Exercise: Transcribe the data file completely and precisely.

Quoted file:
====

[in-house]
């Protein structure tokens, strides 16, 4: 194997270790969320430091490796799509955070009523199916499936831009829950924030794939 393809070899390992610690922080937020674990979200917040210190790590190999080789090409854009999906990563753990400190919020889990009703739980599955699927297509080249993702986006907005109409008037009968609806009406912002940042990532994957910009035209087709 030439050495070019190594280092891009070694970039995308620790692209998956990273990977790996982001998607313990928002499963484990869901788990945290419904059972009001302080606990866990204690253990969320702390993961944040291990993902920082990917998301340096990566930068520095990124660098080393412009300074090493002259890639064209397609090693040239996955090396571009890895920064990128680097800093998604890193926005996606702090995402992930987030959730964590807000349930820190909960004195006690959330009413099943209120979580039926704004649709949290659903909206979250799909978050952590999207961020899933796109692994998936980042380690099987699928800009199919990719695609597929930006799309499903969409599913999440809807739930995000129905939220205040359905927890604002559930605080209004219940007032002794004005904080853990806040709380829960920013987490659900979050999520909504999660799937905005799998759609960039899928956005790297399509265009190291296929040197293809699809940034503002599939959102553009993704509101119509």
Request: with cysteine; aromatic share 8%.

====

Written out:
[in-house]
């Protein structure tokens, strides 16, 4: 194997270790969320430091490796799509955070009523199916499936831009829950924030794939 393809070899390992610690922080937020674990979200917040210190790590190999080789090409854009999906990563753990400190919020889990009703739980599955699927297509080249993702986006907005109409008037009968609806009406912002940042990532994957910009035209087709 030439050495070019190594280092891009070694970039995308620790692209998956990273990977790996982001998607313990928002499963484990869901788990945290419904059972009001302080606990866990204690253990969320702390993961944040291990993902920082990917998301340096990566930068520095990124660098080393412009300074090493002259890639064209397609090693040239996955090396571009890895920064990128680097800093998604890193926005996606702090995402992930987030959730964590807000349930820190909960004195006690959330009413099943209120979580039926704004649709949290659903909206979250799909978050952590999207961020899933796109692994998936980042380690099987699928800009199919990719695609597929930006799309499903969409599913999440809807739930995000129905939220205040359905927890604002559930605080209004219940007032002794004005904080853990806040709380829960920013987490659900979050999520909504999660799937905005799998759609960039899928956005790297399509265009190291296929040197293809699809940034503002599939959102553009993704509101119509």
Request: with cysteine; aromatic share 8%.